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Jansz Tasmania

Established in 1986, Jansz Tasmania specialises in crafting luxury sparkling wines from Tasmania. In a joint venture with Heemskerk, Louis Roederer recognised the similarities of the Tasmanian climate to that of Champagne and together they planted Pinot Noir and Chardonnay vines. This foresight led to the production of the first Tasmanian vintage sparkling wine in 1989 using traditional Méthode Champenoise; a tradition that continues today. Now Australian owned by the Hill-Smith family since 1998, the vineyard was renamed Jansz Tasmania, paying homage to Abel Janszoon Tasman who first sighted the island in 1642.


The Jansz Tasmania vineyard sits to the northeast of the island state within the Pipers River region of the Tamar Valley. This cool little corner is colloquially known as ‘Sparkling Tasmania’. Temperatures are moderated by close proximity to Bass Strait. The ocean breeze keeps the temperature up during winter – minimising risk of frost, and down in summer – allowing the grapes to ripen slowly and develop intense, delicate and refined flavours. The Jansz Estate Vineyard consists of 15ha of Chardonnay, 12ha of Pinot Noir, and 3ha of Pinot Meunier, which corresponds to the usual grapes (and ratio of grapes) used in the production of Champagne. Resting on a bed of pure, red, free-draining basalt soils, the Jansz vineyard truly is the perfect site to grow grapes for world-class sparkling wines.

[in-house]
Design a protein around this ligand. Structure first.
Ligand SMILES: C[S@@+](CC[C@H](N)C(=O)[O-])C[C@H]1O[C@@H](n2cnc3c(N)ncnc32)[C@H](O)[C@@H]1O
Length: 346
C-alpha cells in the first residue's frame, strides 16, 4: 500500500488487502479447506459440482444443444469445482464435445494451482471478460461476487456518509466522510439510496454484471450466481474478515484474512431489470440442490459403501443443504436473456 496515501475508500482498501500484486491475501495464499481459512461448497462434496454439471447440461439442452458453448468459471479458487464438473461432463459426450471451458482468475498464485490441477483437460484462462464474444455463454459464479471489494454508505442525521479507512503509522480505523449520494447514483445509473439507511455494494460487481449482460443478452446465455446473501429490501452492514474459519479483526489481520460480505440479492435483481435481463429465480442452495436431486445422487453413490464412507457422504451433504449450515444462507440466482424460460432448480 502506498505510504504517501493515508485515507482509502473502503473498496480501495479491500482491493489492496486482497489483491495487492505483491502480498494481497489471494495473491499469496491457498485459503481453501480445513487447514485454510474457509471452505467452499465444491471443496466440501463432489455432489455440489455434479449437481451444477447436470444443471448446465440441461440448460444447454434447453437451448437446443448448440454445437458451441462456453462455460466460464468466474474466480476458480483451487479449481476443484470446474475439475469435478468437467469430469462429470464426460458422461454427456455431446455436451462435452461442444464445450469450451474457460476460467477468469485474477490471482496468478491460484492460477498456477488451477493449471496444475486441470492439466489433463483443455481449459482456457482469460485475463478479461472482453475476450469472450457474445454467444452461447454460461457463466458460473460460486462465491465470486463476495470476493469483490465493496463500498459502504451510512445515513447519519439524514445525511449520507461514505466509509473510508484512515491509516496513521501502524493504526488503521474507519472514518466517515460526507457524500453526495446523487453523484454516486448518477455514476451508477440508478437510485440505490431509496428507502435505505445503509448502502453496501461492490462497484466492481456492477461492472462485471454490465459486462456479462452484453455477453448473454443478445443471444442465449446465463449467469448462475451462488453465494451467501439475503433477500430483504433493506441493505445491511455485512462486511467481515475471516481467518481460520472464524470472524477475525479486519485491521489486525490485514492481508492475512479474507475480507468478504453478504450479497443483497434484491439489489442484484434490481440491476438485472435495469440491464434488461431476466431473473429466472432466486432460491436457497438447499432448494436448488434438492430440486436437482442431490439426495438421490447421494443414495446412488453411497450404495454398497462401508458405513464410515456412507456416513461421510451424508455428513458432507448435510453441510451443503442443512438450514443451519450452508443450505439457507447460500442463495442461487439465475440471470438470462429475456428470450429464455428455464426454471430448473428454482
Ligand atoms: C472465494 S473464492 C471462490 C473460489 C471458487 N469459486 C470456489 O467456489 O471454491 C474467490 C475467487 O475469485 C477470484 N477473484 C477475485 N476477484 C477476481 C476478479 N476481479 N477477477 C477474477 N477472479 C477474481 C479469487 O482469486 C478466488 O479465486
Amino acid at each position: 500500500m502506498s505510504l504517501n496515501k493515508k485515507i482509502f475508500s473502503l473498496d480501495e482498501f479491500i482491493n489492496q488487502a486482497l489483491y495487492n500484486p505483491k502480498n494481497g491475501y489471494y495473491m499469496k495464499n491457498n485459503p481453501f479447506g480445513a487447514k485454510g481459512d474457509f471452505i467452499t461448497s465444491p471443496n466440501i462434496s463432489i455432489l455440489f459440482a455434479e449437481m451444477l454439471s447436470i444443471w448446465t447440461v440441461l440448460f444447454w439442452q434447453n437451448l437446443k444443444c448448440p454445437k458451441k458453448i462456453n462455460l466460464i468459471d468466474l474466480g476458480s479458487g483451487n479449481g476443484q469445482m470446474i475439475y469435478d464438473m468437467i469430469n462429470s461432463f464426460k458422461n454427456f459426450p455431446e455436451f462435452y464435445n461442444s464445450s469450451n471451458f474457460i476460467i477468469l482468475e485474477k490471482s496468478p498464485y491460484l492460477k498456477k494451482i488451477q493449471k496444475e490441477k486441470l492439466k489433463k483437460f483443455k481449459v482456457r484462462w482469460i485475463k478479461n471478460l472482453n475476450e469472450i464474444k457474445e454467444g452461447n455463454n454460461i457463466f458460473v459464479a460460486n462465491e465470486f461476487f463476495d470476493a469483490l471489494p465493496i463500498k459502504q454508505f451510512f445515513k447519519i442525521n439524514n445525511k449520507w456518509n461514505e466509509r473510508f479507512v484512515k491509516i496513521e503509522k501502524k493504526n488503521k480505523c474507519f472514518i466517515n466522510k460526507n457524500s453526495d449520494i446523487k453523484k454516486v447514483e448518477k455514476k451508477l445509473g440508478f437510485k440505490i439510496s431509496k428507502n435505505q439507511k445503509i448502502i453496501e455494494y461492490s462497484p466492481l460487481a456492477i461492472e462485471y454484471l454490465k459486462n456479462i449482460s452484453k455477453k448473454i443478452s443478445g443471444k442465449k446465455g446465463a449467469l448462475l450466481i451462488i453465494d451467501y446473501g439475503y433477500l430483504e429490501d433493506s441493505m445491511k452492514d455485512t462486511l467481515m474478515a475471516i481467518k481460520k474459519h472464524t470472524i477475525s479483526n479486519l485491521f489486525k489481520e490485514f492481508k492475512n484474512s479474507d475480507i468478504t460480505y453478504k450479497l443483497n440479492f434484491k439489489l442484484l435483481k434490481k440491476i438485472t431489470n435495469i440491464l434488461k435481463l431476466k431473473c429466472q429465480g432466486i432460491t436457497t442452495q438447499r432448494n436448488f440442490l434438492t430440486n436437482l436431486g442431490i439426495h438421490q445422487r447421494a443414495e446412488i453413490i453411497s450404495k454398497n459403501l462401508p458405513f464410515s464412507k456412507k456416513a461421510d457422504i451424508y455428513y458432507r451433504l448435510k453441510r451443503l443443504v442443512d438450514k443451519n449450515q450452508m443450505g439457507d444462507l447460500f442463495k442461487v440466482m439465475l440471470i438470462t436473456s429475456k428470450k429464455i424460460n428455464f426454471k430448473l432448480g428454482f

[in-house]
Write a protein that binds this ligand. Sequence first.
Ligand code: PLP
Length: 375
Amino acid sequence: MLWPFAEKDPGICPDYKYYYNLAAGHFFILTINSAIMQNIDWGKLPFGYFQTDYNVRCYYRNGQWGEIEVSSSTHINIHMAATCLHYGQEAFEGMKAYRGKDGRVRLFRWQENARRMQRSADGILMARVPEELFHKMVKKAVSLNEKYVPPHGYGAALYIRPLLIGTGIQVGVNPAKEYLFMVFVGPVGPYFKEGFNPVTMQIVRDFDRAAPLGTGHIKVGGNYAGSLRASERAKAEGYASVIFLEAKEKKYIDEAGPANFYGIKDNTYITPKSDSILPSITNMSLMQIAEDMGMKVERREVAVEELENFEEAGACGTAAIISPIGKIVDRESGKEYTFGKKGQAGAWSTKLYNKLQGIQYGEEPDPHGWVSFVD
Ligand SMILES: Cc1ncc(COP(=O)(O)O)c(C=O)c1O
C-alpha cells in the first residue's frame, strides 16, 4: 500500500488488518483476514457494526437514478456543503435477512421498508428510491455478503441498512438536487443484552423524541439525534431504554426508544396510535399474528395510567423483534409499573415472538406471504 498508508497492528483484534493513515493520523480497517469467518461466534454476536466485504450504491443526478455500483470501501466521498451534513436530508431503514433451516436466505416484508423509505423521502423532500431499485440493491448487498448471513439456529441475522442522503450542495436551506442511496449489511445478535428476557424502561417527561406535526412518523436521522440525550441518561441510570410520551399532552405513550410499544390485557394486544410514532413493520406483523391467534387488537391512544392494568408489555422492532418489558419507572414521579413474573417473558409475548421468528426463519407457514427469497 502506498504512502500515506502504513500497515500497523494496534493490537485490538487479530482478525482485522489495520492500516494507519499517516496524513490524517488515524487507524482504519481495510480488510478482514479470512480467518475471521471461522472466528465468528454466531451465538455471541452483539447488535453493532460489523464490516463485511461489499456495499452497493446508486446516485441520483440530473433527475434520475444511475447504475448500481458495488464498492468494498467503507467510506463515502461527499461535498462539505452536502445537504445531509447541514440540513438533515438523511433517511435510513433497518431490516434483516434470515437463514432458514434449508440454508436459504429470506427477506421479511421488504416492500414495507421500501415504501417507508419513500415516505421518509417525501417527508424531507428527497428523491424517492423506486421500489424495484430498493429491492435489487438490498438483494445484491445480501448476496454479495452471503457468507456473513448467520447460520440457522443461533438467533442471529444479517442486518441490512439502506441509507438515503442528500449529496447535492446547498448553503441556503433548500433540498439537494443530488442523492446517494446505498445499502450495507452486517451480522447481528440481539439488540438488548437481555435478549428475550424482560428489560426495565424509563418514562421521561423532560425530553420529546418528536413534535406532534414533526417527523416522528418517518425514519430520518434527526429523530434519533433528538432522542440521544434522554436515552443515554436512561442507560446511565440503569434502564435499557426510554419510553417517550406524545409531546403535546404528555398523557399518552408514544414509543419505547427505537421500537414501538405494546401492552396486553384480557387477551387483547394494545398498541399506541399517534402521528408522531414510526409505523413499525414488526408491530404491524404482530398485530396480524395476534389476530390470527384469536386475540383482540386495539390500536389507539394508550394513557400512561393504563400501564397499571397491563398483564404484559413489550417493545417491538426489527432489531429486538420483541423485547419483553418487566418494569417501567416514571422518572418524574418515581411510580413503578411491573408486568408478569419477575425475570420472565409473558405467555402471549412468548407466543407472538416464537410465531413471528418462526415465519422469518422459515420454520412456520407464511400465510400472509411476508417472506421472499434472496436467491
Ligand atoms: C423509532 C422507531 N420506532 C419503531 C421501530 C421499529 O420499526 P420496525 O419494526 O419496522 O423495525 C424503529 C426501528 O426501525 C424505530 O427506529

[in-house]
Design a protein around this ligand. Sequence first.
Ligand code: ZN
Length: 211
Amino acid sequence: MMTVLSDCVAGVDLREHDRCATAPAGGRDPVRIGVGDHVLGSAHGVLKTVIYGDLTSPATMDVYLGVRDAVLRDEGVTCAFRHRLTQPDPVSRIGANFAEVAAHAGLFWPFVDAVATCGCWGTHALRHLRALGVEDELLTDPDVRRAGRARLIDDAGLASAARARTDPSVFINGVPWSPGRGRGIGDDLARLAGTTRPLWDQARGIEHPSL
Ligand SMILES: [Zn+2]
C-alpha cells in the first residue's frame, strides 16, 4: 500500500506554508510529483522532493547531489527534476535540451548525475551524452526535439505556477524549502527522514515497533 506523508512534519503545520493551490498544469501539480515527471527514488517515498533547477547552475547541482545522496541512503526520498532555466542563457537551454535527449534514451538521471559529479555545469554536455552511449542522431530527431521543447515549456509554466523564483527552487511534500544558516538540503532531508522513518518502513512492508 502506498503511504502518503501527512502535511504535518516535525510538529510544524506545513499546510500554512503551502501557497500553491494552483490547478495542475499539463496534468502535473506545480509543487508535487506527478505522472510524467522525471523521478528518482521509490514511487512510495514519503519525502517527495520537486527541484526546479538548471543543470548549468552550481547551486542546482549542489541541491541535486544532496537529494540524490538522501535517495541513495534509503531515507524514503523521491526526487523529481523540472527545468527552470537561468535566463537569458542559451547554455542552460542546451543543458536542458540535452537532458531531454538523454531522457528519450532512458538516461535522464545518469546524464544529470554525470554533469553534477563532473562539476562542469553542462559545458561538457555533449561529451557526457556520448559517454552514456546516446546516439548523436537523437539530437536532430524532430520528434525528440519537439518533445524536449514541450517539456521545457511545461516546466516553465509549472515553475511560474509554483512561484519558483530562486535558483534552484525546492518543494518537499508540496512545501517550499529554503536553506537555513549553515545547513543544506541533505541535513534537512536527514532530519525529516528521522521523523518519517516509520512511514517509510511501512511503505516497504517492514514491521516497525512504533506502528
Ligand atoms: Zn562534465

Méthode Tasmanoise

It could be argued that they’re completely mad, growing grapes in the wild and unforgivingly cold Tasmanian environment. But there’s méthode to their madness. The climatic conditions of the Jansz vineyard rival the famed French wine region of Champagne. In fact, it was originally with French contribution that Jansz became Tasmania’s first sparkling made using the traditional Méthode. Today it's called, Méthode Tasmanoise. It’s the essence of a partnership between the environment and Jansz's winemaker. Just as the cool Tasmanian climate creates spectacular beauty in nature, it is also instrumental in the creation of art in bottles.